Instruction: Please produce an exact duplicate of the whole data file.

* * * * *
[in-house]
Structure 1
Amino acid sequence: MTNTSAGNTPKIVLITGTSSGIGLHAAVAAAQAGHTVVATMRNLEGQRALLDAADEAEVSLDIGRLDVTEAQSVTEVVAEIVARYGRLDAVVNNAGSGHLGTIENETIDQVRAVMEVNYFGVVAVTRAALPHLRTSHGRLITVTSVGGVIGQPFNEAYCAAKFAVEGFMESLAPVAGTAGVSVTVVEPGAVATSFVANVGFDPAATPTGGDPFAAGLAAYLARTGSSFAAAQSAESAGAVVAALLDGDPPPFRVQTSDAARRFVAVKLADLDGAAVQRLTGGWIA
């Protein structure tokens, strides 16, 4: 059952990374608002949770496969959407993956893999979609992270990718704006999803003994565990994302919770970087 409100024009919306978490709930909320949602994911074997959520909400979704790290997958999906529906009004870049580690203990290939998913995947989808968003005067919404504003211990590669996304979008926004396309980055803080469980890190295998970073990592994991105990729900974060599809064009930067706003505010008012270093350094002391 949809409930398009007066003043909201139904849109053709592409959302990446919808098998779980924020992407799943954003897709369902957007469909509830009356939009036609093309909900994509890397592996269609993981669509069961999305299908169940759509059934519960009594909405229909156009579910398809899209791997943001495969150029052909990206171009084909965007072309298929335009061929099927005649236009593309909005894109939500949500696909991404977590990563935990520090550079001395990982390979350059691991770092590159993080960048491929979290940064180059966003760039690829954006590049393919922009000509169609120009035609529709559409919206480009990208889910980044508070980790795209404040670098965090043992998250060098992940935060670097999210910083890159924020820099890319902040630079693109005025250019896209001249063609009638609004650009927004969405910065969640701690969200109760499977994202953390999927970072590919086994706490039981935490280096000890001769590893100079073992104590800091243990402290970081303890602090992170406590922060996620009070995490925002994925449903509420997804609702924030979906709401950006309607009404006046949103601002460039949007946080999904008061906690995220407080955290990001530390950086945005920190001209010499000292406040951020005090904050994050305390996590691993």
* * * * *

[in-house]
Structure 1
Amino acid sequence: MTNTSAGNTPKIVLITGTSSGIGLHAAVAAAQAGHTVVATMRNLEGQRALLDAADEAEVSLDIGRLDVTEAQSVTEVVAEIVARYGRLDAVVNNAGSGHLGTIENETIDQVRAVMEVNYFGVVAVTRAALPHLRTSHGRLITVTSVGGVIGQPFNEAYCAAKFAVEGFMESLAPVAGTAGVSVTVVEPGAVATSFVANVGFDPAATPTGGDPFAAGLAAYLARTGSSFAAAQSAESAGAVVAALLDGDPPPFRVQTSDAARRFVAVKLADLDGAAVQRLTGGWIA
């Protein structure tokens, strides 16, 4: 059952990374608002949770496969959407993956893999979609992270990718704006999803003994565990994302919770970087 409100024009919306978490709930909320949602994911074997959520909400979704790290997958999906529906009004870049580690203990290939998913995947989808968003005067919404504003211990590669996304979008926004396309980055803080469980890190295998970073990592994991105990729900974060599809064009930067706003505010008012270093350094002391 949809409930398009007066003043909201139904849109053709592409959302990446919808098998779980924020992407799943954003897709369902957007469909509830009356939009036609093309909900994509890397592996269609993981669509069961999305299908169940759509059934519960009594909405229909156009579910398809899209791997943001495969150029052909990206171009084909965007072309298929335009061929099927005649236009593309909005894109939500949500696909991404977590990563935990520090550079001395990982390979350059691991770092590159993080960048491929979290940064180059966003760039690829954006590049393919922009000509169609120009035609529709559409919206480009990208889910980044508070980790795209404040670098965090043992998250060098992940935060670097999210910083890159924020820099890319902040630079693109005025250019896209001249063609009638609004650009927004969405910065969640701690969200109760499977994202953390999927970072590919086994706490039981935490280096000890001769590893100079073992104590800091243990402290970081303890602090992170406590922060996620009070995490925002994925449903509420997804609702924030979906709401950006309607009404006046949103601002460039949007946080999904008061906690995220407080955290990001530390950086945005920190001209010499000292406040951020005090904050994050305390996590691993």